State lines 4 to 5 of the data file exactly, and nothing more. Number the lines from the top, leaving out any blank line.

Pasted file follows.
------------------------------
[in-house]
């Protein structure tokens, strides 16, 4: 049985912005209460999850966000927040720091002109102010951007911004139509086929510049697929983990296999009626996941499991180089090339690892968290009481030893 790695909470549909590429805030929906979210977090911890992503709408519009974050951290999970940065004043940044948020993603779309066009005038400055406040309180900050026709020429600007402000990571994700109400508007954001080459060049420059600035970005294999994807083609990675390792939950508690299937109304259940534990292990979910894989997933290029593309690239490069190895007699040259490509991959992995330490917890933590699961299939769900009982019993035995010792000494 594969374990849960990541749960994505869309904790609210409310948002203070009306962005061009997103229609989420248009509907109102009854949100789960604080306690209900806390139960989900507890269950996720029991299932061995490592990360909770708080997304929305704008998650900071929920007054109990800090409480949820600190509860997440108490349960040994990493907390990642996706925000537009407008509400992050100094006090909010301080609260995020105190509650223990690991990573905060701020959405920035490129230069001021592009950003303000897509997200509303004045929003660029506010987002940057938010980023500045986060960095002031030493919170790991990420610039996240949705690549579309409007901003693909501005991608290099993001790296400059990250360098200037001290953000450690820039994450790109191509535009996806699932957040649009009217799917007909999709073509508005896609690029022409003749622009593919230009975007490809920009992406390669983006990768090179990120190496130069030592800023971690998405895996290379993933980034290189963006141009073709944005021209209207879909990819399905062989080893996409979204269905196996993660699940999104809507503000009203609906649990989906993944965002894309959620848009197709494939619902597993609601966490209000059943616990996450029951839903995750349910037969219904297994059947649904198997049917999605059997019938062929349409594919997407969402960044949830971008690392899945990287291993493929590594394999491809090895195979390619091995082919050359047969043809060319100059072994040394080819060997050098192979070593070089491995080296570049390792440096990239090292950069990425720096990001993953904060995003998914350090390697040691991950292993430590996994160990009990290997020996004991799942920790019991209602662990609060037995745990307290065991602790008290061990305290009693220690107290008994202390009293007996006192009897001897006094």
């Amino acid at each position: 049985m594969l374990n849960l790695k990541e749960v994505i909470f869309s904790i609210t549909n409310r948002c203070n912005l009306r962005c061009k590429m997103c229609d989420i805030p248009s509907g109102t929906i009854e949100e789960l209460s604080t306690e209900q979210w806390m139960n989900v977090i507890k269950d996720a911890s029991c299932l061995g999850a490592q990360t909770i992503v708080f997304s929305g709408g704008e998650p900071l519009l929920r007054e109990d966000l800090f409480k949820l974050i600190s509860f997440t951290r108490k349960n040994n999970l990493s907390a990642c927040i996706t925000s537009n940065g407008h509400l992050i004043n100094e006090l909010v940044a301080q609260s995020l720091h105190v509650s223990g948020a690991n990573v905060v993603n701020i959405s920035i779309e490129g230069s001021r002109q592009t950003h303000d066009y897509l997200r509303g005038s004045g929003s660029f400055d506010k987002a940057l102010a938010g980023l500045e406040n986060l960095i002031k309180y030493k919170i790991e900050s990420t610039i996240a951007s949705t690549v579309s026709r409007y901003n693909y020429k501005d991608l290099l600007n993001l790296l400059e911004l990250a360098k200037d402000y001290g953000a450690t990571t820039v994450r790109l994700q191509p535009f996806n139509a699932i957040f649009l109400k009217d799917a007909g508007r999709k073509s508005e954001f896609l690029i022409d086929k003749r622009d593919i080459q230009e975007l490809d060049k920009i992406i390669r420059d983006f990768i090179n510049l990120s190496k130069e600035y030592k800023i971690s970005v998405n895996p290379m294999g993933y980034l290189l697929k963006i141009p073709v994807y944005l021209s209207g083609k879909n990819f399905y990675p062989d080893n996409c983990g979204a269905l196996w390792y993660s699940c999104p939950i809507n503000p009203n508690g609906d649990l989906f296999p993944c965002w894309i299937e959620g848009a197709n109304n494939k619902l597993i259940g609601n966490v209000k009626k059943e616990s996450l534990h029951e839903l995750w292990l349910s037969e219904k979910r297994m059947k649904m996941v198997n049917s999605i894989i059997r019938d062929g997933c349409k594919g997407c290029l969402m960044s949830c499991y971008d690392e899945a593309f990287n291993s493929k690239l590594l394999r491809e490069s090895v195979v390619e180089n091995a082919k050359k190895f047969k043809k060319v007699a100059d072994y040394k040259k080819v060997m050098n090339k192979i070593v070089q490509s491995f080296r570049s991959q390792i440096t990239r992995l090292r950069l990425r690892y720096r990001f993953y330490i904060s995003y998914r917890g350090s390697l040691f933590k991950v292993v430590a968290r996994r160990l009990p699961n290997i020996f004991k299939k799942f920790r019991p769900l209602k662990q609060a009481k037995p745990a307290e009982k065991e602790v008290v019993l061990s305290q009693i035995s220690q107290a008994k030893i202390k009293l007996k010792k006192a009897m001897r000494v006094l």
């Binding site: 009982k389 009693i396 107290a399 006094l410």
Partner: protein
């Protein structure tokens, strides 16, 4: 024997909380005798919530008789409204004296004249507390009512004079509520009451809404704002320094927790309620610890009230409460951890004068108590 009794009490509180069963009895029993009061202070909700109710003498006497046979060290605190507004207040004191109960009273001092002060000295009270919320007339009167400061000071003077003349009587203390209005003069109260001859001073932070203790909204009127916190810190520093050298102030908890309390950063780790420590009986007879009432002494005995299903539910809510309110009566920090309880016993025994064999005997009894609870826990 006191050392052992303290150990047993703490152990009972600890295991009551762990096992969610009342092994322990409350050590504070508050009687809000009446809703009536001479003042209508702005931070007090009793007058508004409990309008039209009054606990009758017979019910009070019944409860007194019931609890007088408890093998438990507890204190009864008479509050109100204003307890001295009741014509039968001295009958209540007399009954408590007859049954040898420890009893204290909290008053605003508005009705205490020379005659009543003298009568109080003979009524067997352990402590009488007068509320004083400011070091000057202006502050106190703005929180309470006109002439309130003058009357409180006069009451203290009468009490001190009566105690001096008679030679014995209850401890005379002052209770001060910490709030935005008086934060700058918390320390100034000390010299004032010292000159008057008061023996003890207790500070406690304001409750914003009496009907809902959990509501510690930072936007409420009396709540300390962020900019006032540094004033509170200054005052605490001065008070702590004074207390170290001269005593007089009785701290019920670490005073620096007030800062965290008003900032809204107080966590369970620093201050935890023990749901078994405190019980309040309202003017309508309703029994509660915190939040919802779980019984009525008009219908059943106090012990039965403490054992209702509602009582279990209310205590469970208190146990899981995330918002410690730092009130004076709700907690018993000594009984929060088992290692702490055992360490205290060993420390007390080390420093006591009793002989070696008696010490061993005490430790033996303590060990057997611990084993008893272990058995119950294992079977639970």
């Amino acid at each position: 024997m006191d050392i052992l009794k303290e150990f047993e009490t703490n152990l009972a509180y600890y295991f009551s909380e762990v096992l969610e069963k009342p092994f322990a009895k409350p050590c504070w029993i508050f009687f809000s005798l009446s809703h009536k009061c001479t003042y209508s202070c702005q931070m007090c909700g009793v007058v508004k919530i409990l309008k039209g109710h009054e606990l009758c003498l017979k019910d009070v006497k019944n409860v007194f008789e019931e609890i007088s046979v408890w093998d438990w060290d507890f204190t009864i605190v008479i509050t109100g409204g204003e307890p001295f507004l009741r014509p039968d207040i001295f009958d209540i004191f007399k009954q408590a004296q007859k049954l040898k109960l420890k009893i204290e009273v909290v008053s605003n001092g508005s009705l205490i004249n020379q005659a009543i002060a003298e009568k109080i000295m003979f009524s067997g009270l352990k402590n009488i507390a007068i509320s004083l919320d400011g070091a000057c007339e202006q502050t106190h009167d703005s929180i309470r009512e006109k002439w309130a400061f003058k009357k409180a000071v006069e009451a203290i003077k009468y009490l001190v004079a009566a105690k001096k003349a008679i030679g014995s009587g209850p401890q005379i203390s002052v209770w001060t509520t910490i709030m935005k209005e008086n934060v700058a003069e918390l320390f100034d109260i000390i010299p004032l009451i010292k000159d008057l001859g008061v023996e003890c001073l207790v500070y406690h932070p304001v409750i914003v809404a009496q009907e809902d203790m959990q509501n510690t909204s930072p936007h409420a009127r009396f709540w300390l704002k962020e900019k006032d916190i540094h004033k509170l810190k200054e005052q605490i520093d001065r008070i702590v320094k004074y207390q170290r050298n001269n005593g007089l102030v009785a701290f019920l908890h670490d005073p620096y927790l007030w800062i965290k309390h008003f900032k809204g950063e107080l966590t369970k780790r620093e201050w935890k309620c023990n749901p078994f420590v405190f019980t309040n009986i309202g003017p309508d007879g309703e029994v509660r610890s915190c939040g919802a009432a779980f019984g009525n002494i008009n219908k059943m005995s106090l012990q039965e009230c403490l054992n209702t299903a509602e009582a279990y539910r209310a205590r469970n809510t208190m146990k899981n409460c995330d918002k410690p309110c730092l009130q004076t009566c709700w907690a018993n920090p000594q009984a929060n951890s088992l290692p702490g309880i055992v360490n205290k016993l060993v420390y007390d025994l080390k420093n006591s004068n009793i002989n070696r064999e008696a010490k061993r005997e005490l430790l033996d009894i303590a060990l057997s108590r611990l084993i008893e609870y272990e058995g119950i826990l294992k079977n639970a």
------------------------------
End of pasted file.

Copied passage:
């Binding site: 009982k389 009693i396 107290a399 006094l410």
Partner: protein